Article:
Enterotoxemia is also known as ‘overeating disease’. Deadly organisms found in the environment, and ultimately in the digestive tract, are often associated with changes in feed, the quantity of feed as well as accessibility to new green areas for grazing. If goats are allowed to get overly hungry they may overeat in a new area. The symptoms you will notice are depression, lack of coordination, scours, and listlessness. In the case of enterotoxemia, sudden death is common.
If you think your goat is suffering from enterotoxemia, quickly administer large doses (40cc or more) of C&D antitoxin at the onset of symptoms. If the goat improves, even briefly, you can assume that enterotoxemia is the correct diagnosis and repeated doses of the antitoxin every 4-8 hours may save the goat’s life. Also, a charcoal antidote product administered in large doses may be helpful. In the case of a toxic substance, using a product such as Maalox to coat the stomach may also be helpful.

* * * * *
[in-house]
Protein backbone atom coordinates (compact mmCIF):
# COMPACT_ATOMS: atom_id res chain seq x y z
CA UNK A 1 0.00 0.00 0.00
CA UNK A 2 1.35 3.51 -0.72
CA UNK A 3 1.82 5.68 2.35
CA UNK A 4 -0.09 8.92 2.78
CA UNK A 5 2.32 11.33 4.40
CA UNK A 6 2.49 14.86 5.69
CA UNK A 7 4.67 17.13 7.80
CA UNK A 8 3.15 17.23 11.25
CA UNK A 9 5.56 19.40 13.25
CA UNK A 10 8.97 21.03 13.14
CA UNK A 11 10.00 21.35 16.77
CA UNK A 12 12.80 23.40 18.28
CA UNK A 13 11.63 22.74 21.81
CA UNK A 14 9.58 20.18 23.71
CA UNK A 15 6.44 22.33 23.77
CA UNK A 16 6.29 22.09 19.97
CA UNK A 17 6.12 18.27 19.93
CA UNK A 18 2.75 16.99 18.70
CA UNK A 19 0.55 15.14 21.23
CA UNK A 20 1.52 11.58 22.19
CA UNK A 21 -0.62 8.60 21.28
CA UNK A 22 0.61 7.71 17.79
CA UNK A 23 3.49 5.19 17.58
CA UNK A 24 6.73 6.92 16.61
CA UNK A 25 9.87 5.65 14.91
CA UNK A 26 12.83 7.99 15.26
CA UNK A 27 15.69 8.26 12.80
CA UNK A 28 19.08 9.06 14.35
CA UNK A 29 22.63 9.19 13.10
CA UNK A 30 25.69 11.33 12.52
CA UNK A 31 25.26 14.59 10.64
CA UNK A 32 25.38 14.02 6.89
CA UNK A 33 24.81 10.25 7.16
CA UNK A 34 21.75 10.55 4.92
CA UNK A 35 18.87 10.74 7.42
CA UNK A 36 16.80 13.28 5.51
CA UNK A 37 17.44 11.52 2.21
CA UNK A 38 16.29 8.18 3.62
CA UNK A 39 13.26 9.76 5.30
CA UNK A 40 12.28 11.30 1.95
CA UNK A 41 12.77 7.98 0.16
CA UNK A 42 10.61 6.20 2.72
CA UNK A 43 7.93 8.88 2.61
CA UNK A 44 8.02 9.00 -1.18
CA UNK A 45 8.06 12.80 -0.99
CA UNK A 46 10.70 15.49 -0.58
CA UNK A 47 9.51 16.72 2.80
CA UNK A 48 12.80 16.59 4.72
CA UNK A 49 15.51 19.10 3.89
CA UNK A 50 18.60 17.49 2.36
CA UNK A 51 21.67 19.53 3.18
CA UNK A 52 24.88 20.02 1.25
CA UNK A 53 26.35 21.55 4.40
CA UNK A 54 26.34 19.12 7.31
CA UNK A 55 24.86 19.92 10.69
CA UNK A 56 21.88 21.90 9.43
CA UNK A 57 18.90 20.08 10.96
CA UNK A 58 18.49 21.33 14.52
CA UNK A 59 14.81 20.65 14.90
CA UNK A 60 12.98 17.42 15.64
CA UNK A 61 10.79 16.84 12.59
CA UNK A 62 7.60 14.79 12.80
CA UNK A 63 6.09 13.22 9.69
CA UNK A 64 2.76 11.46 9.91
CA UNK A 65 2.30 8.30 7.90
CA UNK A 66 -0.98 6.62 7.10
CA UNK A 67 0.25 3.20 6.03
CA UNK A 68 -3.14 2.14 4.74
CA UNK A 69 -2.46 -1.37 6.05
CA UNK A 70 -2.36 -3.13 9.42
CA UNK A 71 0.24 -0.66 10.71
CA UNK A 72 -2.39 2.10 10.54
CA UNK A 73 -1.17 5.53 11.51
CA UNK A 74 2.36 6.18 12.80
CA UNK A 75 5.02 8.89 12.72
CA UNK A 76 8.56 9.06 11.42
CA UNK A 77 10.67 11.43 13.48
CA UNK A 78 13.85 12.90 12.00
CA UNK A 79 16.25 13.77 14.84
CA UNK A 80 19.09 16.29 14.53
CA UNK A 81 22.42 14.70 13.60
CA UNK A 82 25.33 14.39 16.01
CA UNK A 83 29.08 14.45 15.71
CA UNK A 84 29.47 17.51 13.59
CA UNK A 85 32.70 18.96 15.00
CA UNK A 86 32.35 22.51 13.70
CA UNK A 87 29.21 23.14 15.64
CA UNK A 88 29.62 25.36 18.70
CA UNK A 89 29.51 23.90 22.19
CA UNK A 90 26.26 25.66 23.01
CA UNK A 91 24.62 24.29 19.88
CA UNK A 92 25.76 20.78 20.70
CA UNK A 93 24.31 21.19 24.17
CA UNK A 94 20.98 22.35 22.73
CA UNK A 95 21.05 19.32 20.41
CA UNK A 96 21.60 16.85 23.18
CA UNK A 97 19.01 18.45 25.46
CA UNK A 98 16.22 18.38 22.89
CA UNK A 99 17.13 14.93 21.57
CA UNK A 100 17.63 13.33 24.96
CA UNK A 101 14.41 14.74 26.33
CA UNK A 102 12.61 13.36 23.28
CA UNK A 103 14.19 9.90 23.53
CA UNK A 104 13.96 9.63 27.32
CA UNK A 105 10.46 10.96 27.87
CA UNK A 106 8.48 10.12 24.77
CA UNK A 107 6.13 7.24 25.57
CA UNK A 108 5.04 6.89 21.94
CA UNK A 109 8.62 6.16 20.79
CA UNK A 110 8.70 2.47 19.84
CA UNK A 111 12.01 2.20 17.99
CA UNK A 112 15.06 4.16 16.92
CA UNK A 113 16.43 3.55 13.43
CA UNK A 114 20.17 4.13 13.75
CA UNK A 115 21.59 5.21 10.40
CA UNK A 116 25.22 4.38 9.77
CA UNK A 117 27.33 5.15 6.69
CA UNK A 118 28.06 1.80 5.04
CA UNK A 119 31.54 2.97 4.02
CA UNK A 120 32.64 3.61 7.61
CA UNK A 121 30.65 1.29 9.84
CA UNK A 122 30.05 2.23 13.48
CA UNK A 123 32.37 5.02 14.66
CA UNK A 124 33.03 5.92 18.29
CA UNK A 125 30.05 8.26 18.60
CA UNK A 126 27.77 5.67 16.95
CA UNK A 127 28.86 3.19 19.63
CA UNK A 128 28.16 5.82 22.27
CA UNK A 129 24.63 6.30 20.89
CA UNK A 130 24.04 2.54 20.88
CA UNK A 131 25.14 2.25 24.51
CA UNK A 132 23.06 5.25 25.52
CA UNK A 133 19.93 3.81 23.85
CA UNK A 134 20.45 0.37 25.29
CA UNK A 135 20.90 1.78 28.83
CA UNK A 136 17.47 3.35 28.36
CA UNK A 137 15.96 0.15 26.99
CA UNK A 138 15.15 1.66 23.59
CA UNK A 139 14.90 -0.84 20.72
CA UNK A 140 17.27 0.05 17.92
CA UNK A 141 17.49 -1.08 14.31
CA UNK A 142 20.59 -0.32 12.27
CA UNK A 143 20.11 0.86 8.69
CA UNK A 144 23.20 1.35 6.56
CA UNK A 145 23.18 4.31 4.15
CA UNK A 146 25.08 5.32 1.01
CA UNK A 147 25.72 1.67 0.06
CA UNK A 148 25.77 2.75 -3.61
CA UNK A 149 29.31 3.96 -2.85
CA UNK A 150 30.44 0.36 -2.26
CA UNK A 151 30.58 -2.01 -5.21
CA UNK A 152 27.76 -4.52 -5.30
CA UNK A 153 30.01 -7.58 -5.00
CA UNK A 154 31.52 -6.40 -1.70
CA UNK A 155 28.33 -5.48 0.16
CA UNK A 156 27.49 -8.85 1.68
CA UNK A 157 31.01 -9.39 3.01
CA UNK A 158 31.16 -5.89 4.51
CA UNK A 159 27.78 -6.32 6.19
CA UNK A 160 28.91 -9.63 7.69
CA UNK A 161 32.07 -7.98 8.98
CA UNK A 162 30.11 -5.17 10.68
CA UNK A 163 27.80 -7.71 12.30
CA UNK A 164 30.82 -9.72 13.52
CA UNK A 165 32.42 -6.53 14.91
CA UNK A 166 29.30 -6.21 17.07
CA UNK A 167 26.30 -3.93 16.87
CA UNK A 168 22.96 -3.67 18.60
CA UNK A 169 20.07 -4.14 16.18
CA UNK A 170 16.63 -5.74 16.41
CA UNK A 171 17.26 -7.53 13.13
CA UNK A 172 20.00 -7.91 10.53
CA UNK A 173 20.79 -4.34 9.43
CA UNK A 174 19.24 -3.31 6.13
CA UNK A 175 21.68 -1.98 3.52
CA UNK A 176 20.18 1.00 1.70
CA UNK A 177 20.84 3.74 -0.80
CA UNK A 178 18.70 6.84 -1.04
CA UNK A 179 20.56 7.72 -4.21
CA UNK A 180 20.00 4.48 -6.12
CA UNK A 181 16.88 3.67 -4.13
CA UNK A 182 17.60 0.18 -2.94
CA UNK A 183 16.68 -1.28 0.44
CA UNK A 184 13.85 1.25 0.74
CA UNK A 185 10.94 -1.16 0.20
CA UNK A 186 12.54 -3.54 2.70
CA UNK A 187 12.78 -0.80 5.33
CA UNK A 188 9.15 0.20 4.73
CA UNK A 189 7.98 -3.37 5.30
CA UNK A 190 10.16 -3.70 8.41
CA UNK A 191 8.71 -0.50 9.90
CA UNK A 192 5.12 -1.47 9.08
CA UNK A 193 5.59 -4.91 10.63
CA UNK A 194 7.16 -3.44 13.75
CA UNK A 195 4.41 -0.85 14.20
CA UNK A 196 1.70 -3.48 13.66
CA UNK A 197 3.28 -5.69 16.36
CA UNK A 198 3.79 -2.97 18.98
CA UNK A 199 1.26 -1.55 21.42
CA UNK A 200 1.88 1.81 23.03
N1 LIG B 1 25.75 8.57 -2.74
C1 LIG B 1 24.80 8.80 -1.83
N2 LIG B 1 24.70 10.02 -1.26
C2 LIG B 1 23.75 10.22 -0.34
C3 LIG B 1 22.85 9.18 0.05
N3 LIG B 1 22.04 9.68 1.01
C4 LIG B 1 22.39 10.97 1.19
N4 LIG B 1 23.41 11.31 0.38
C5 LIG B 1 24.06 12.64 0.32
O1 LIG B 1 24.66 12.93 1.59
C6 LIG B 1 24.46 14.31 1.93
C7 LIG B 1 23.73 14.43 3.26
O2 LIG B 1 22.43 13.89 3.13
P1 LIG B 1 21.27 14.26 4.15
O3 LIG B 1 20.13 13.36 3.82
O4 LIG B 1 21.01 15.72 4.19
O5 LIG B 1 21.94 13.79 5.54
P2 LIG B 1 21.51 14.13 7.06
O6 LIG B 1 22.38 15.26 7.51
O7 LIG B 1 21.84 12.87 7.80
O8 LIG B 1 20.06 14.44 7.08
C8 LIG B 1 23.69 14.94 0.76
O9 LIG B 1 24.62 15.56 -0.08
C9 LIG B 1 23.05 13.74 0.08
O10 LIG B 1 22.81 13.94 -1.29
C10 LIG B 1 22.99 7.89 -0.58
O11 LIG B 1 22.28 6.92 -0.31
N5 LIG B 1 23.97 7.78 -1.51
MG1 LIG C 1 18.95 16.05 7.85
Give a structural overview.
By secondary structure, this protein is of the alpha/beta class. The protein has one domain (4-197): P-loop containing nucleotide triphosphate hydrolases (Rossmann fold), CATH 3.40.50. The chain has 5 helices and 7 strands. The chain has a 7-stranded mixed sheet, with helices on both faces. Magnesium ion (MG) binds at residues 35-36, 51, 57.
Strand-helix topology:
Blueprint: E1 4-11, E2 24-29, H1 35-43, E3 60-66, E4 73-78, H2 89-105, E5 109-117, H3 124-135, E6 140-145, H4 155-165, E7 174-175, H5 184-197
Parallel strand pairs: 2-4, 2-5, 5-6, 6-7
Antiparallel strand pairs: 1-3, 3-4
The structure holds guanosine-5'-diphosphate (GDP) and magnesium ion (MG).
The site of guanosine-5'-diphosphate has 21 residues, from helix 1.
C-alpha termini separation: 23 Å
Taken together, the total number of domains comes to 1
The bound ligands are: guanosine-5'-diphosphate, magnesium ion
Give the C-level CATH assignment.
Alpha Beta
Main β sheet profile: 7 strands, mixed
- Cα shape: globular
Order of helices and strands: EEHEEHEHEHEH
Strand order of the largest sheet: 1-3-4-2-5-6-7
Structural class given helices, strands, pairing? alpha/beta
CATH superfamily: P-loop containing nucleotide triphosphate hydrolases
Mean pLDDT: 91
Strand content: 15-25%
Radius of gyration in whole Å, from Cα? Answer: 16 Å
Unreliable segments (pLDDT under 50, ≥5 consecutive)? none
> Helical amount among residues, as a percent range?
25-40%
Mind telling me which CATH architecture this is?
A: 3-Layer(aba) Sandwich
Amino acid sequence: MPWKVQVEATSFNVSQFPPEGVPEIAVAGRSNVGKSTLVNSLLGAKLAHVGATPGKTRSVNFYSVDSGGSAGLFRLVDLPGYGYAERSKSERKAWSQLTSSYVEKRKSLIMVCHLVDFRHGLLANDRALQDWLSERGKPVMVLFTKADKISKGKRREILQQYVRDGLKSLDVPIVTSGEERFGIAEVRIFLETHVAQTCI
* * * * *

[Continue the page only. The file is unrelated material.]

As far as prevention is concerned, follow a regular vaccination program. Kids get their first vaccination at 2 months, a booster 3 weeks later and then once a year. In addition, sensible feeding practices are also essential. Avoid over feeding of both kids and adults. Make gradual changes in feed if necessary and gradually introduce new green areas. Do not allow kids or adults to get overly hungry. Feed baby goats often, and adults at reasonable, regular intervals to prevent excessive hunger and overeating.